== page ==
It’s not uncommon for designers with no HTML email experience to try and stay on-brand, designing their emails using the same typography used for the website. It’s important to remember that custom fonts might not render well in your customers’ email programs.
Always put a fallback web-safe font (e.g. Arial) in your email HTML. Web-safe fonts are the default fonts found across the majority of different operating systems and devices.
The following images are examples of how an email might look like without a fallback font:
Corbel custom font is used in the first image. Times New Roman is used in the second as a system default font.
6. Use fallback colour for background images
Let’s face it: Designers love to use backgrounds of all kinds. They’re powerful visual elements that make your messages stand out, and we absolutely agree that it makes everything more attractive and appealing.
One of the biggest pains with HTML emails however, is the partial lack of support for background images.
Backgrounds won’t show up on certain email clients. Instead, you may end up having a blank white area with your important message at the top. If your copy is white, you’ll end up with an hard-to-read (or even invisible) section.
Consider including a fallback colour that appears when the background image doesn’t load or will be seen behind images that have transparency.
The first image shows live text on a background image. The same content with background image blocking is used in the second. We use a fallback blue colour to maintain brand colours and readability.
7. Reduce your assets size
Designers usually include hi-res photos in their email designs but you must be sure that these images are resized and optimised before inserting them into your HTML email template. This results in an email that’s as light as possible and one that can be rendered quickly across various devices.
This is important. Why? Because as well as the page-load time affecting websites bounce rates, having a big latency considerably decreases conversion rates of your email also.
Resize full-size images to no more than 1200px wide, then run them through an image optimiser like TinyPNG. This will give you the right balance between image quality and file size.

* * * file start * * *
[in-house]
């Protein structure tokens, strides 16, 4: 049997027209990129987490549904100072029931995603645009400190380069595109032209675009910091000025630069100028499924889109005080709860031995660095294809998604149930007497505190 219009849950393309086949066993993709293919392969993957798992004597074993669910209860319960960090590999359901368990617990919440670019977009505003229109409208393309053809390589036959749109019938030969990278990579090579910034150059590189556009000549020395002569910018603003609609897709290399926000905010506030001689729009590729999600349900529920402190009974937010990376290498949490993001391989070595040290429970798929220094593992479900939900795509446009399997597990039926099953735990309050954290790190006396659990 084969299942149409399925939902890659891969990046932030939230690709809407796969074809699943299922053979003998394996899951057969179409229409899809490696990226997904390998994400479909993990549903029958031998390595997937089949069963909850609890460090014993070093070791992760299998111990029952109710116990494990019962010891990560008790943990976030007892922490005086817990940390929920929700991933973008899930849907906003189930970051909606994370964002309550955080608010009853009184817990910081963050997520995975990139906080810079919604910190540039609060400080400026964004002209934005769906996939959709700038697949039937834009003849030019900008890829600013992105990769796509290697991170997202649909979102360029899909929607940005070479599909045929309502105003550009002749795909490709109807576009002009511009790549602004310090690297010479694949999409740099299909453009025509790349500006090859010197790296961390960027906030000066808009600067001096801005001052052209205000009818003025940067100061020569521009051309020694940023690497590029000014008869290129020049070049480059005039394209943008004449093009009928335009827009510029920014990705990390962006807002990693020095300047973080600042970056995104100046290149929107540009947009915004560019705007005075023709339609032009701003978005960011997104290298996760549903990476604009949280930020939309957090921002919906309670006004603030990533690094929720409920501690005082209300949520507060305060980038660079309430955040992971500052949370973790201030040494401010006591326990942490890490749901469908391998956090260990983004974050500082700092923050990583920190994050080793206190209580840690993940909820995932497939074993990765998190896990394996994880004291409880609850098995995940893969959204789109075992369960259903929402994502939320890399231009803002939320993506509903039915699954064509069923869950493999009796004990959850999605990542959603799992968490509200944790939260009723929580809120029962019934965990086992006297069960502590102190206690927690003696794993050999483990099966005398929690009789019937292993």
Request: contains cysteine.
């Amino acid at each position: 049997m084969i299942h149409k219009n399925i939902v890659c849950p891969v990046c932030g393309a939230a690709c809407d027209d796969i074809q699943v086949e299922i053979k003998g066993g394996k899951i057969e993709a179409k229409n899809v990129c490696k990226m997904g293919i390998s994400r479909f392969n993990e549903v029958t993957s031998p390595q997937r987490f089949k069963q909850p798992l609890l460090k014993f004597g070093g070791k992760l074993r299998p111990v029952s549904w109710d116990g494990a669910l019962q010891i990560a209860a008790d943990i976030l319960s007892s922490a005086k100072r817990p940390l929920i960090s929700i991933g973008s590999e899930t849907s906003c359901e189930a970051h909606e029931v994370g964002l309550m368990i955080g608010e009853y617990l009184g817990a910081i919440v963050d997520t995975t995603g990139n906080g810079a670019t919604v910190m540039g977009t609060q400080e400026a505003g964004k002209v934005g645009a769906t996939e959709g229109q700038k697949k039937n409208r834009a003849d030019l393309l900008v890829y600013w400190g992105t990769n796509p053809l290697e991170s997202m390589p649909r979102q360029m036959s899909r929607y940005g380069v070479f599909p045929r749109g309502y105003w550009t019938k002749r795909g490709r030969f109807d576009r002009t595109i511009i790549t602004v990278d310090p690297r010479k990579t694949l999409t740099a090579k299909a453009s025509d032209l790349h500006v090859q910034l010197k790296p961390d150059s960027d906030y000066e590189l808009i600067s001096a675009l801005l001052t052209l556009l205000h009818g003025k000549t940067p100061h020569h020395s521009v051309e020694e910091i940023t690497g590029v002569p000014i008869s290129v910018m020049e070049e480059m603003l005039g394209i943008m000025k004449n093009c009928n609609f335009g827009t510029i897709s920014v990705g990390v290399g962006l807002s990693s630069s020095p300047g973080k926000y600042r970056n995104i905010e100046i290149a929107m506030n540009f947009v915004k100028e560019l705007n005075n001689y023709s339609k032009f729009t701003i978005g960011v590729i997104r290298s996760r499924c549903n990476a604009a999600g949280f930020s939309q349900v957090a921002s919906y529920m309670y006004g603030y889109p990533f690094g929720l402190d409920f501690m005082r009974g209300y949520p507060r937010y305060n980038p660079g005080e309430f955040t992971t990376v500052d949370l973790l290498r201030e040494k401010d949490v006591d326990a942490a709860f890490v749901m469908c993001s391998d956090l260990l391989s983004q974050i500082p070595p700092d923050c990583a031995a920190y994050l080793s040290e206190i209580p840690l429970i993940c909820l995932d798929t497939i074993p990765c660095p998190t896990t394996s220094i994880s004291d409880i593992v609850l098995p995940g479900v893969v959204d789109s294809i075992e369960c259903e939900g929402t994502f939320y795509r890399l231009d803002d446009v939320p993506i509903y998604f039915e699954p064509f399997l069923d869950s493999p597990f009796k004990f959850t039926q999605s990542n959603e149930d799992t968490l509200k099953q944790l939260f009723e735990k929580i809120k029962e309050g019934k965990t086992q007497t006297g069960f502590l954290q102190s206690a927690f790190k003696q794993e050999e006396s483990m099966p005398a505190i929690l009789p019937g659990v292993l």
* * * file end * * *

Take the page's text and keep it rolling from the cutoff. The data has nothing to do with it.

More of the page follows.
8. SHOULD YOU USE Animated GIFs?
In 2018, 56.6% of email marketers said that they used animated GIFs in marketing emails.
GIF animations are great for triggering reader interest and to showcase your products and services. In a nutshell? They make complex concepts easy to understand.
Although it’s an attractive approach, there are some caveats:
1. Slow loading time
Heavier files can be slow to load and play, especially for users using mobile data connection.
2. Decrease device performance
This feature will increase your CPU load, which can harm device performance and make an email app unresponsive.
3. Not supported by all email clients.
Outlook, for example, renders the very first frame of your GIF animation.
To give you an example of why this is important, think of a GIF that has an animation ending with the most appealing frame. Outlook users will not see that frame unless you go for the fallback approach.
Consider inserting a separate fallback image for Outlook with your most desired animation frame. For example, the first image below is an animated GIF as you would see it in most email clients. The second image is what Windows Outlook users will see without an Outlook-specific fallback image.
First image – animated GIF inserted in the email. The second image is what Windows Outlook users would see unless you put an Outlook specific fallback image with your preferred animation frame.
9. Test your emails
Before sending an email campaign, test your email to ensure that it’s rendered properly across most – if not all – email client applications.
Don’t forget to send and check your tests on the real devices and programmes that you normally use.
WHAT ELSE DO I NEED TO KNOW?
This list includes some of the most important steps you should take to build solid, attractive HTML emails. You’ll need a few more tricks and tweaks – like handling long URLs (which can break your mobile layout), use of gradient colour and many more.